During administrative and staff meetings several participants would be connected to the Internet and research topics that arise during the meeting. These searches provide valuable information and immediate answers to questions of fact. The discussion can be enriched by these searches. Principals can be contacted immediately via e-mail and can respond without leaving the meeting to take a phone call.

Text messaging is another form of instant communication that would be helpful and would not distract the group. Teachers can use e-mail to contact parents or record grades at some point during the meeting. Text messaging and e-mail can relieve the anxiety that staff members feel when they need to know where their children are after school. These quick electronic messages are not distractions. They ease anxiety and can keep a staff member focused on the business at hand.

Business Use

Business leaders who are ignoring the electronic culture are not unlike educators who dismiss the ability of students to multi-task with technology. Today’s administrative assistant works with several computer screens, handles multiple phone calls simultaneously with a head set and uses faxes, recording devices and other office machines on a regular basis. Workers and managers need to recognize that techno-tasking is a viable way to function in everyday business situations.

Business meetings have been filled with techno-taskers for years. While the sales manager is discussing the latest strategy, staff members are checking their laptop computers for e-mails, surfing the Internet, making plane reservations and answering cell phones. Meeting leaders must be aware that spouses, relatives, clients and friends are connected during the meeting.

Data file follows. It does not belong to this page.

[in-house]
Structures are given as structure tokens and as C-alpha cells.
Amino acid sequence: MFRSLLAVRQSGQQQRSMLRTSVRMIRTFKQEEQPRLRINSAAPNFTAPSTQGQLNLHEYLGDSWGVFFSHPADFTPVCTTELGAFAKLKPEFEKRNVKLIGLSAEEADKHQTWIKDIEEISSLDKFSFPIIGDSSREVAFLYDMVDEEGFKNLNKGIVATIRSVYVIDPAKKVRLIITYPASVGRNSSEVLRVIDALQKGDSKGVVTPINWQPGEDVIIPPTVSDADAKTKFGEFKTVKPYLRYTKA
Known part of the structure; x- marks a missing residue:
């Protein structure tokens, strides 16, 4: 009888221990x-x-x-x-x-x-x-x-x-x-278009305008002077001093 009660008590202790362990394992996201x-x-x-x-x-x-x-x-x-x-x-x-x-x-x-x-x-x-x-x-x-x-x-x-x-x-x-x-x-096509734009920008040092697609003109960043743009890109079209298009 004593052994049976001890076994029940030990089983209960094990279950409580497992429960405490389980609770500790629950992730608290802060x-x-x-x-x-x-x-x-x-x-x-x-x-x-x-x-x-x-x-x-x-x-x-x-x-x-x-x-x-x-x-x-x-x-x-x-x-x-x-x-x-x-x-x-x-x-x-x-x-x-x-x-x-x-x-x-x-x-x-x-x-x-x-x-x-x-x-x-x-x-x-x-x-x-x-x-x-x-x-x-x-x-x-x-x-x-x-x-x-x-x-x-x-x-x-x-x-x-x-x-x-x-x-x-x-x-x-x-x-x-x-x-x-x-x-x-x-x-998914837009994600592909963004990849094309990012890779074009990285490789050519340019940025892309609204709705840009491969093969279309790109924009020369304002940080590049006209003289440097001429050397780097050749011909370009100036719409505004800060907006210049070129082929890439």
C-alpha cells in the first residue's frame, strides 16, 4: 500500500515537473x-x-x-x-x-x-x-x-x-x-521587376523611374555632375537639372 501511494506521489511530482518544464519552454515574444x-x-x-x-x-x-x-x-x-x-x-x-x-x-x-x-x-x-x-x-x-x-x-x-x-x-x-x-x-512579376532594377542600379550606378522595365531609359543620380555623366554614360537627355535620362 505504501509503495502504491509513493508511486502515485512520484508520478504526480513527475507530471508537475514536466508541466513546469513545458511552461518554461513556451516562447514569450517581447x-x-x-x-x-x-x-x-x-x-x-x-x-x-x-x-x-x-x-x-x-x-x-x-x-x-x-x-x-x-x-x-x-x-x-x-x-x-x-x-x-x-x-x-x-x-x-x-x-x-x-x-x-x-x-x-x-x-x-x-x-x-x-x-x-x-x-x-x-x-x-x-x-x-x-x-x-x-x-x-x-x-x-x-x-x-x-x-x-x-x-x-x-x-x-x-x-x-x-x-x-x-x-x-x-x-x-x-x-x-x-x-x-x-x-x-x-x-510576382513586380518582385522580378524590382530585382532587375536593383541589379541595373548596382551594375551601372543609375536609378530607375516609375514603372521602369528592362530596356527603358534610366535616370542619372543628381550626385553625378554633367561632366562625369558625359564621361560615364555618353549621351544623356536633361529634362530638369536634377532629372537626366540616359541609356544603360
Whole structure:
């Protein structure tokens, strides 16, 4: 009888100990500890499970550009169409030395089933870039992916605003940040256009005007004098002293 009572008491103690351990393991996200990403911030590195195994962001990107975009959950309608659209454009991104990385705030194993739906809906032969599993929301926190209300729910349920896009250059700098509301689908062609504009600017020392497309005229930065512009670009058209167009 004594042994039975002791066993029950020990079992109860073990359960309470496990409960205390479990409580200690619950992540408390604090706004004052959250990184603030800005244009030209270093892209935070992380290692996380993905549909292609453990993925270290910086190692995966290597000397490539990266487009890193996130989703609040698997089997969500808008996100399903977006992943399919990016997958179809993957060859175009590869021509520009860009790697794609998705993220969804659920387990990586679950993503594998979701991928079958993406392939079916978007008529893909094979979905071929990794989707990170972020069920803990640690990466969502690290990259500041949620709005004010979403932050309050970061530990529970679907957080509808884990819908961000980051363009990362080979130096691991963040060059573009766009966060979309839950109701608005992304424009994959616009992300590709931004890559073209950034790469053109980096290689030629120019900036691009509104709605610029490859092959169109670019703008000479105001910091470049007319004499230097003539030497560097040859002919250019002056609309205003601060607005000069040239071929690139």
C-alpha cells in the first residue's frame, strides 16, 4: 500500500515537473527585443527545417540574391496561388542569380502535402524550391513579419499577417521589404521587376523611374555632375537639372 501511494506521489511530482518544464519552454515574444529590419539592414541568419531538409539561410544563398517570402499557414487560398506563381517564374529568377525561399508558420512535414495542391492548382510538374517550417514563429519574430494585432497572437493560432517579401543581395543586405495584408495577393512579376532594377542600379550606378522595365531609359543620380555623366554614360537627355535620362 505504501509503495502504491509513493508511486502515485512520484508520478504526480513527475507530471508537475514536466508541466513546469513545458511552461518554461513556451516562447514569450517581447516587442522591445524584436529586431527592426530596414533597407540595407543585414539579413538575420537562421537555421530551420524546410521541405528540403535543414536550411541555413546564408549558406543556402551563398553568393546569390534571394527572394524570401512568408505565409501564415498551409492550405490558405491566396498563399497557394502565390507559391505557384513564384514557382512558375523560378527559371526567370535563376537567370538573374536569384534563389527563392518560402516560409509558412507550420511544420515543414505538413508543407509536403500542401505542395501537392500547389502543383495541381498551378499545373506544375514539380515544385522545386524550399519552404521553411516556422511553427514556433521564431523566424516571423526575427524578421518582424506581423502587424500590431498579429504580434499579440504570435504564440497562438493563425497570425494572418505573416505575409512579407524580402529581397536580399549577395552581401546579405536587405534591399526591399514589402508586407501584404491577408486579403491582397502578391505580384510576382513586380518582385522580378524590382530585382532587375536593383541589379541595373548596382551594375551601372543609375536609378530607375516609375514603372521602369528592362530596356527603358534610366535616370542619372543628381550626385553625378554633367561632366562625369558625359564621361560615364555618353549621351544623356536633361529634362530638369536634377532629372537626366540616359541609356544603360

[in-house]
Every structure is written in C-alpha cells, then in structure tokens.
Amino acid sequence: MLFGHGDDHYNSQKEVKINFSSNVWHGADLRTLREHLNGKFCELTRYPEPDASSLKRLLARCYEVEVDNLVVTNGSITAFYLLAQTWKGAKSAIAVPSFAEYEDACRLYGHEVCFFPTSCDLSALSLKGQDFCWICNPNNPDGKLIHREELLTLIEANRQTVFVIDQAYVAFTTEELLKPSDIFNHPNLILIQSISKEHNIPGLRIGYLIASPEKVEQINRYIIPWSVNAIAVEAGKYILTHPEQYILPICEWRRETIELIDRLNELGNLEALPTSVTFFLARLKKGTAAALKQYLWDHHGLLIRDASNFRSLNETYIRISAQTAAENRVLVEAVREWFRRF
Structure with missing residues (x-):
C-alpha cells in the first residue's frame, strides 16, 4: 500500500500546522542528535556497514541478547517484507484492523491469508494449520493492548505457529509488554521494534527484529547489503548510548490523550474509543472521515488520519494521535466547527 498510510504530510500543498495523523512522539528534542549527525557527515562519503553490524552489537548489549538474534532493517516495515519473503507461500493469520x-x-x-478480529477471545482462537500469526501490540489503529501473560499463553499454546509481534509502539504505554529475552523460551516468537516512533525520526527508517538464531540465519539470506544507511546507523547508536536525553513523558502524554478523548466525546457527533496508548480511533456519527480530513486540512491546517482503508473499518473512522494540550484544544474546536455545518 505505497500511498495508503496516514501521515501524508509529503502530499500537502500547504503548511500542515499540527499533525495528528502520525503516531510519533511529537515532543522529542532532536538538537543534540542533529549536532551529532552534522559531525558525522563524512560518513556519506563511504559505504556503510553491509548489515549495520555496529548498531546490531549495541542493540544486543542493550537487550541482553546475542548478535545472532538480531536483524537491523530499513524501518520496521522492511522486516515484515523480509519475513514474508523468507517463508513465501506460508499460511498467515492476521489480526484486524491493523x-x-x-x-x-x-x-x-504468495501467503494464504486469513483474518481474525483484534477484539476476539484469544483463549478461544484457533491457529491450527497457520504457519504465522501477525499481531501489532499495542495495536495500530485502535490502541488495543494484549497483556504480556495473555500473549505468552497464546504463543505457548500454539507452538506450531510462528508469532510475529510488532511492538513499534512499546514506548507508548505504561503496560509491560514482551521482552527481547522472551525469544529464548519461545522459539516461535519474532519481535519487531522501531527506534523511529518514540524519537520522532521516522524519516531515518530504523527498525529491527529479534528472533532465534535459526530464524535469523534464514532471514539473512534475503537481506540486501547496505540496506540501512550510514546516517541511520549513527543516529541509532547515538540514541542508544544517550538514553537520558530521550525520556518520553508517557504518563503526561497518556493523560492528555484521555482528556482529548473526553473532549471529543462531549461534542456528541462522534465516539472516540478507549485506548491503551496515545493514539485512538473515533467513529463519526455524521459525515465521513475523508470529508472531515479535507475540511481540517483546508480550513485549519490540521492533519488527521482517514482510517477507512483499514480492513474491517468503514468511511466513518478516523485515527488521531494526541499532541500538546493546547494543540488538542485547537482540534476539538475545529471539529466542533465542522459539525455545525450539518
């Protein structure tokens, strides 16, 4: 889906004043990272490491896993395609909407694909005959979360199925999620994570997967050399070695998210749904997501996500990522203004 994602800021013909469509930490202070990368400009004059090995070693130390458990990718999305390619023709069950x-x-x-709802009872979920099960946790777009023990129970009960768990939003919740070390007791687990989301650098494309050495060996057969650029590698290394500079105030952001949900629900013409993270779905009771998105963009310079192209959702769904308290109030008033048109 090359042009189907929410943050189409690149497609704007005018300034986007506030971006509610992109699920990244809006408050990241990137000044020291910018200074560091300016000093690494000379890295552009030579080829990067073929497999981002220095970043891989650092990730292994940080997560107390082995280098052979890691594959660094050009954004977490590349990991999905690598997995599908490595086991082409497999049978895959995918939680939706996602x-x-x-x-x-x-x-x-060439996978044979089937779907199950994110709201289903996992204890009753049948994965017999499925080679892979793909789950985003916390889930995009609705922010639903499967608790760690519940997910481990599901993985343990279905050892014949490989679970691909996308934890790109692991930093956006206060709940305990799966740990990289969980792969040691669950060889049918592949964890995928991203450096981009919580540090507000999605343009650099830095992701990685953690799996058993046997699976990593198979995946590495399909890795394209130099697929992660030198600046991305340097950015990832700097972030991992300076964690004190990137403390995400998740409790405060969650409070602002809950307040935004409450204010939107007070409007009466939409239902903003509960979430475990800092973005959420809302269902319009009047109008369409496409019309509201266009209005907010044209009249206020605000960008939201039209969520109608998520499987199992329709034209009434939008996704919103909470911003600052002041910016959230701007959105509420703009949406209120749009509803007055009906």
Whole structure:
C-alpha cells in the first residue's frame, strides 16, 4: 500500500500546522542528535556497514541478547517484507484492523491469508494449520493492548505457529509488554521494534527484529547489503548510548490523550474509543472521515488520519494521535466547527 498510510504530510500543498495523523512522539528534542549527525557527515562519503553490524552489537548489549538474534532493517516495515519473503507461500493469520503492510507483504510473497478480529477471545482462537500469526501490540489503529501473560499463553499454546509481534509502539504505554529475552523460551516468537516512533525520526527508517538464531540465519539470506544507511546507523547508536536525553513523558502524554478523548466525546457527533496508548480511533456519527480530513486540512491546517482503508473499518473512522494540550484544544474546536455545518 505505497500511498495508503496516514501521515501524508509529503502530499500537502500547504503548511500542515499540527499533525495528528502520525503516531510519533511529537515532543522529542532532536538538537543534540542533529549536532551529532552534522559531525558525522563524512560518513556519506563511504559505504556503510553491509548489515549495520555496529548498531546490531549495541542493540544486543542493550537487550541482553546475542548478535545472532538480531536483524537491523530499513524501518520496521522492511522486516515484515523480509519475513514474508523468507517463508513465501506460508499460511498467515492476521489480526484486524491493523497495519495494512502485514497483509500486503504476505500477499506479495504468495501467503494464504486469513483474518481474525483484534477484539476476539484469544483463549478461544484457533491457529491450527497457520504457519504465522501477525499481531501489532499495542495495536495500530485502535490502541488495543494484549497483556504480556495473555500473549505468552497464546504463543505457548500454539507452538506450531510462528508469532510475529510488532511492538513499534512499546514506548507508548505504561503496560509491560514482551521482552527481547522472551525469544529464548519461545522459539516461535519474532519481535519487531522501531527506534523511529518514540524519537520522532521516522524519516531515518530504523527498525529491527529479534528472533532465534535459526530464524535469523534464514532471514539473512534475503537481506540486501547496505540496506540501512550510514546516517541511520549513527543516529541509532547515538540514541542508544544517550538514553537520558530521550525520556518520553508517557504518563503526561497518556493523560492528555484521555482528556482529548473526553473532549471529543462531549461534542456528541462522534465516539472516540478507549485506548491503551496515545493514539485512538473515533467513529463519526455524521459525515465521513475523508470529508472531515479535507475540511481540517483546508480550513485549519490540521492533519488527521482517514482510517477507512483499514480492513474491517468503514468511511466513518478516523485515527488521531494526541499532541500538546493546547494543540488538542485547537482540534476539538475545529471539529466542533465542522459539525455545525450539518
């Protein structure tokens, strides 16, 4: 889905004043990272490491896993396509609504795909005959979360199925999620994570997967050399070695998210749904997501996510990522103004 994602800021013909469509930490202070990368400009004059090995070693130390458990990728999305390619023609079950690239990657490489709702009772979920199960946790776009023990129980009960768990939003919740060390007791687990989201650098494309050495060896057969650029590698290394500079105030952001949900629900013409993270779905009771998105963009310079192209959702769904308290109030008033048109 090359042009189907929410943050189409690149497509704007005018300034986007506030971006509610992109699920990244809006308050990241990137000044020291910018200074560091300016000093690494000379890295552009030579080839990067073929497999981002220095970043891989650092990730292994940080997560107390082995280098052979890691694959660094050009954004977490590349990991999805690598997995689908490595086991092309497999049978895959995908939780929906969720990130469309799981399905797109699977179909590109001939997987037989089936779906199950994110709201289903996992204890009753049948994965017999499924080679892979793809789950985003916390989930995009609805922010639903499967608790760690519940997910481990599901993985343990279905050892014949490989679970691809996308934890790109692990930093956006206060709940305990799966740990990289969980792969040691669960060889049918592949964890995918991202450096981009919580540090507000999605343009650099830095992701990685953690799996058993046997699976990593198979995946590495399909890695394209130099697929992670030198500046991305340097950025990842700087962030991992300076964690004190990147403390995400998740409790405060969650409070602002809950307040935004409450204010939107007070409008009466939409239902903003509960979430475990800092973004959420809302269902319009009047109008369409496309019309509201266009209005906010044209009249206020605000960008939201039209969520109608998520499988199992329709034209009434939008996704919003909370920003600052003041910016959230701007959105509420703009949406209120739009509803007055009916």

Some managers now are banning cell phones and prohibiting access of the Web by individuals during meetings. Are these devices distractions or is the staff able to tune into both the meeting and to the technology? One could assume that techno-tasking would be a natural for younger business executives. Yet they are not the only ones who are bored and disconnected at business meetings.

At a recent seminar, a colleague in his 50s admitted: “I have a hard time sitting through meetings with all of the technology at my fingertips. Meetings are too slow. I could participate in the meeting and still be productive with my laptop and cell phone or hand-held device. I would use different types of technology to enhance productivity during meetings, but I don’t want to be rude.”

The business leader who accepts techno-tasking may conduct a more productive meeting. Meeting planners need to discuss this with participants when setting the agenda. The key to constructive techno-tasking is the recognition of the types of activities that contribute to productive meetings.

An Opportunity

Techno-tasking is a phenomenon, not an answer. Our culture is changing and we need to adapt to it by adopting the best methods to teach and to do business.

In professional football, plays are relayed to the quarterback through a wireless microphone while the coaches analyze digital pictures and computer programs to determine if their opponents have the tendency to repeat certain plays. A player can view the replay on the Jumbotron while listening to his coach call the signals for the next play.

If techno-tasking is enabling for the National Football League, then why not recognize that participation and interaction are now available on many levels simultaneously? The predominant method of teaching today remains the presenting of information through lecture and testing recall. Students in the digital age are bound by pedagogy, not technology.

The digital age encourages active participation. The techno-tasker is not only a student but also a worker and a consumer. Business leaders need to adapt to changing consumer patterns and to adopt policies that reflect a changing workforce. Educational and business leaders must recognize new ways of communicating and use them to enhance productivity.

Alan Simon is superintendent of Arlington Heights School District 25, 1200 South Dunton Ave. , Arlington Heights, IL 60005. E-mail: simon@ahsd25.k12.il.us. The author retains copyright to this article.